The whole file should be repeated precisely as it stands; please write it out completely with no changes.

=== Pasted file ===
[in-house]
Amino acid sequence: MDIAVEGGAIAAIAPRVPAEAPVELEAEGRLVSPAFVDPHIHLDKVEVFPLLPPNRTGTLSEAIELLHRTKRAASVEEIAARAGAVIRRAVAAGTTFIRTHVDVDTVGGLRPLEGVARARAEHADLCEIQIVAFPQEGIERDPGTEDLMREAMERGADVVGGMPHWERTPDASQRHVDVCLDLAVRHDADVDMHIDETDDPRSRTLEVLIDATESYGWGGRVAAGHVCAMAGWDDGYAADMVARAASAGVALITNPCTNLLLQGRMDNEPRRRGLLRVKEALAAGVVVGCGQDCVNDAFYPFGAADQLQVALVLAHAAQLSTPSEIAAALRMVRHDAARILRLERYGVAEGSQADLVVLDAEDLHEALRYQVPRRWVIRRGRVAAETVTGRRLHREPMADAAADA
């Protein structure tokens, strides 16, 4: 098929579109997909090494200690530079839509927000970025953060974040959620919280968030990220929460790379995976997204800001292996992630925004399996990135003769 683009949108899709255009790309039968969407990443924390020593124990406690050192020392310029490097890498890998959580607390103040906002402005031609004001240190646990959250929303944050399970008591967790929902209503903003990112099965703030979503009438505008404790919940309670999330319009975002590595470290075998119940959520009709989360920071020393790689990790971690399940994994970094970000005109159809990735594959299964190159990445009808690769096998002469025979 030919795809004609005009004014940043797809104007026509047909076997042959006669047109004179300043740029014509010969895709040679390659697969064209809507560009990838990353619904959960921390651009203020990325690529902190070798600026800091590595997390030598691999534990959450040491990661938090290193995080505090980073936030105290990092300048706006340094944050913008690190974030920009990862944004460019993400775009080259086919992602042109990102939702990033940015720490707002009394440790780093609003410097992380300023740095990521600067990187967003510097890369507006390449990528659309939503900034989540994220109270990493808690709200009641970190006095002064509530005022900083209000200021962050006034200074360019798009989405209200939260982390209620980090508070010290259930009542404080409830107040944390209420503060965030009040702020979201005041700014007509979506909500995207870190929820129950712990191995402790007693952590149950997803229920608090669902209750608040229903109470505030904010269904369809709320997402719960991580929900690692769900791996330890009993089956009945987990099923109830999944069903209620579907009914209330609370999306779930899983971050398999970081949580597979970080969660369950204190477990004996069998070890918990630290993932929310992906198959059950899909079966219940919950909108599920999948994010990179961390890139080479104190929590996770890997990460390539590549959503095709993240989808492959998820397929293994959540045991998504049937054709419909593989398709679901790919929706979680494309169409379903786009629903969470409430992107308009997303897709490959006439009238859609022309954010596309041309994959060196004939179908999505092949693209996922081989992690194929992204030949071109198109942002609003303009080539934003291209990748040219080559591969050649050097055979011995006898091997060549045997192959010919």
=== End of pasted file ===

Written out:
[in-house]
Amino acid sequence: MDIAVEGGAIAAIAPRVPAEAPVELEAEGRLVSPAFVDPHIHLDKVEVFPLLPPNRTGTLSEAIELLHRTKRAASVEEIAARAGAVIRRAVAAGTTFIRTHVDVDTVGGLRPLEGVARARAEHADLCEIQIVAFPQEGIERDPGTEDLMREAMERGADVVGGMPHWERTPDASQRHVDVCLDLAVRHDADVDMHIDETDDPRSRTLEVLIDATESYGWGGRVAAGHVCAMAGWDDGYAADMVARAASAGVALITNPCTNLLLQGRMDNEPRRRGLLRVKEALAAGVVVGCGQDCVNDAFYPFGAADQLQVALVLAHAAQLSTPSEIAAALRMVRHDAARILRLERYGVAEGSQADLVVLDAEDLHEALRYQVPRRWVIRRGRVAAETVTGRRLHREPMADAAADA
């Protein structure tokens, strides 16, 4: 098929579109997909090494200690530079839509927000970025953060974040959620919280968030990220929460790379995976997204800001292996992630925004399996990135003769 683009949108899709255009790309039968969407990443924390020593124990406690050192020392310029490097890498890998959580607390103040906002402005031609004001240190646990959250929303944050399970008591967790929902209503903003990112099965703030979503009438505008404790919940309670999330319009975002590595470290075998119940959520009709989360920071020393790689990790971690399940994994970094970000005109159809990735594959299964190159990445009808690769096998002469025979 030919795809004609005009004014940043797809104007026509047909076997042959006669047109004179300043740029014509010969895709040679390659697969064209809507560009990838990353619904959960921390651009203020990325690529902190070798600026800091590595997390030598691999534990959450040491990661938090290193995080505090980073936030105290990092300048706006340094944050913008690190974030920009990862944004460019993400775009080259086919992602042109990102939702990033940015720490707002009394440790780093609003410097992380300023740095990521600067990187967003510097890369507006390449990528659309939503900034989540994220109270990493808690709200009641970190006095002064509530005022900083209000200021962050006034200074360019798009989405209200939260982390209620980090508070010290259930009542404080409830107040944390209420503060965030009040702020979201005041700014007509979506909500995207870190929820129950712990191995402790007693952590149950997803229920608090669902209750608040229903109470505030904010269904369809709320997402719960991580929900690692769900791996330890009993089956009945987990099923109830999944069903209620579907009914209330609370999306779930899983971050398999970081949580597979970080969660369950204190477990004996069998070890918990630290993932929310992906198959059950899909079966219940919950909108599920999948994010990179961390890139080479104190929590996770890997990460390539590549959503095709993240989808492959998820397929293994959540045991998504049937054709419909593989398709679901790919929706979680494309169409379903786009629903969470409430992107308009997303897709490959006439009238859609022309954010596309041309994959060196004939179908999505092949693209996922081989992690194929992204030949071109198109942002609003303009080539934003291209990748040219080559591969050649050097055979011995006898091997060549045997192959010919």